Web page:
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Luciano Berio, Crate Digger

By Marc Weidenbaum

Luciano Berio, like many classical composers, regularly absorbed pre-existing compositions into his own compositions, blurring the line between tribute and authorship. One of the most expansive of his interpolative works is Sinfonia, which dates from the late 1960s, and which I wrote a brief essay about for publication earlier today at newmusicbox.org: “Luciano Berio’s Sinfonia, Generational Perspectives, and the Fluid Nature of Copyright in a Classical Context.”

I’ve been spending a lot of time with Sinfonia recently, because, as I explain in the essay, the piece had come to triangulate two different personal interests that I’d previously thought of more in parallel. The work is both a successful foray by Leonard Bernstein and the New York Philharmonic into experimental contemporary music during the 1960s, and a precursor to the sample-based music that is so commonplace in our current time. Sinfonia draws into its whole various material borrowed from, among others, Claude Lévi-Strauss, Gustav Mahler, Alban Berg, Maurice Ravel, Samuel Beckett, and Karlheinz Stockhausen.

The newmusicbox.org essay isn’t about Berio so much as it’s about our understanding of Berio thanks to the work of the late academic David Osmond-Smith, who made Berio a key focus of his life’s output. The essay came out of a reading of Osmond-Smith’s 1991 career-survey book, Berio, and in advance of a reading of his 1985 book, Playing on Words, which is wholly dedicated to Sinfonia. What’s fascinating about the 1991 book is how it is, I argue, impossible to imagine being written today, because it not for a moment takes into consideration the broader cultural ramifications of Berio’s acts of appropriation, nor does it even touch on the process by which permission for those works was gained.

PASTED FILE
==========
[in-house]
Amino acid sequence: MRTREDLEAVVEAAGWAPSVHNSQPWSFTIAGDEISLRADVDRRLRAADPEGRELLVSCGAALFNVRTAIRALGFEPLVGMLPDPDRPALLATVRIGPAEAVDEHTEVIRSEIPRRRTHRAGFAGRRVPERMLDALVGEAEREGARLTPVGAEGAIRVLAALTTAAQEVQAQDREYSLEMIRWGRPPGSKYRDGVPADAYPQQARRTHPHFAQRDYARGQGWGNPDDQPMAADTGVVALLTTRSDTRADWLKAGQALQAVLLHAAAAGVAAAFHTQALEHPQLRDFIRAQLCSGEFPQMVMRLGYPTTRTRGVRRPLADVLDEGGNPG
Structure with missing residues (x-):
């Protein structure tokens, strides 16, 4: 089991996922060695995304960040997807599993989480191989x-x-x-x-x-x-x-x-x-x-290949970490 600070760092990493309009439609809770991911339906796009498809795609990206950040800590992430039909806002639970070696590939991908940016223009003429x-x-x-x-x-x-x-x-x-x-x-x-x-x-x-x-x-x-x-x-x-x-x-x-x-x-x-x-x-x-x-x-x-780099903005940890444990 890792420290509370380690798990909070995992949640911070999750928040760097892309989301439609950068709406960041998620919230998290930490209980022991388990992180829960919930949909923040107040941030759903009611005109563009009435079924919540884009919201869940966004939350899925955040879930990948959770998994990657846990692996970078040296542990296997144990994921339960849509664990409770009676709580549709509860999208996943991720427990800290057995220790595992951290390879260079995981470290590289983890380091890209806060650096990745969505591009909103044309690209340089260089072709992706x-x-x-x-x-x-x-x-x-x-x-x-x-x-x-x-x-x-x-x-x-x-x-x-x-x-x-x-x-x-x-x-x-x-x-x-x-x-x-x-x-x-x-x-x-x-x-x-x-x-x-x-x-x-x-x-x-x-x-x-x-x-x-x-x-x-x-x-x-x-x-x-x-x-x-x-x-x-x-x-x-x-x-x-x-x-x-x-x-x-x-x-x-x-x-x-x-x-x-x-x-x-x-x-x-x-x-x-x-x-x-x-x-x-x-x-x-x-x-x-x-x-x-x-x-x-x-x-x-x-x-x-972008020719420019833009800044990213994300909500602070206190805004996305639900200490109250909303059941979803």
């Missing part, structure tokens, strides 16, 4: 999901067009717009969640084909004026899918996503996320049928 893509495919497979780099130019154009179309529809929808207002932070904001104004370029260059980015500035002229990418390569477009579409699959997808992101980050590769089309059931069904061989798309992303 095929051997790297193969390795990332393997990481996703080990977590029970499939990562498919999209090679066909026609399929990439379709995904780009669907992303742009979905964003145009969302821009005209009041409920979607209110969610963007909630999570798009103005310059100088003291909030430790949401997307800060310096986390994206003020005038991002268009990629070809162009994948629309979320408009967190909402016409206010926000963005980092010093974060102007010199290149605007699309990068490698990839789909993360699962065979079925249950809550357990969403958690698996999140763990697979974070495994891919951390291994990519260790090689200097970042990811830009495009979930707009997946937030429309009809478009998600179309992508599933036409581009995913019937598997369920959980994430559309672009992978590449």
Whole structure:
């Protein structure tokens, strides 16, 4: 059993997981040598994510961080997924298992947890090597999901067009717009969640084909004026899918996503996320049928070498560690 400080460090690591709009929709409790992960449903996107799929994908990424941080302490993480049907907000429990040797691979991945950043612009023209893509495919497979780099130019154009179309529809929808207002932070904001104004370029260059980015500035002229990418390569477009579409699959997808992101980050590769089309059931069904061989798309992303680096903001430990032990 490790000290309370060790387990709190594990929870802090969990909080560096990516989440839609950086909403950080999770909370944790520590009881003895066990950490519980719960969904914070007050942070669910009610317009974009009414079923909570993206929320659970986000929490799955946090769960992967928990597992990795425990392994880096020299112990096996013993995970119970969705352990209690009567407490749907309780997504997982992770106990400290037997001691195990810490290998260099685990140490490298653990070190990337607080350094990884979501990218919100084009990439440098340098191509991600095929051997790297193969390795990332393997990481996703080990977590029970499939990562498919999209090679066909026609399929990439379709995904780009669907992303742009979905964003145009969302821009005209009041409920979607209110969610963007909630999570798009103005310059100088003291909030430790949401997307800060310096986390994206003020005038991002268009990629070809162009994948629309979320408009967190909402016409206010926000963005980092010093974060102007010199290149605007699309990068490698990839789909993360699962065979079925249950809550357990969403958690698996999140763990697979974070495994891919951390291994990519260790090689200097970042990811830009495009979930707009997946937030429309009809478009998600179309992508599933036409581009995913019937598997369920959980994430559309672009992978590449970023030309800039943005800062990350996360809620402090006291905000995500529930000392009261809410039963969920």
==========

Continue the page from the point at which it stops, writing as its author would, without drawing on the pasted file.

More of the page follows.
Now I’m slowly making my way through Playing on Words, the name of which sells short both the book and Sinfonia, because the Berio work doesn’t just play on words, but on melodies and other compositional aspects of the source material. Still, the title does do the job of making clear that both types of material are, in effect, “texts.”

One note from Playing on Words — a footnote, in fact. On page 39, Osmond-Smith states of Sinfonia‘s second movement that “Berio wrote the movement while on holiday in Sicily, and therefore relied upon the few scores that he had with him, those that happened to be available from Catania public library, and his own memory in order to establish a suitable range.” This notion of what’s readily available as a creative constraint is fascinating, in part because it is in contrast with what Osmond-Smith doesn’t appear to probe, which is the creative constraint posed by works Berio desired to adopt but couldn’t obtain permissions for — but also because the image of Berio making of what he could find in the Catania library brings to mind the image of the hip-hop crate digger, making use of what vinyl happens to be available.

I’ll likely summarize some thoughts on Playing on Words when I’ve fully consumed it. In the meanwhile, the Berio/Osmond-Smith essay is here: “Luciano Berio’s Sinfonia, Generational Perspectives, and the Fluid Nature of Copyright in a Classical Context.”

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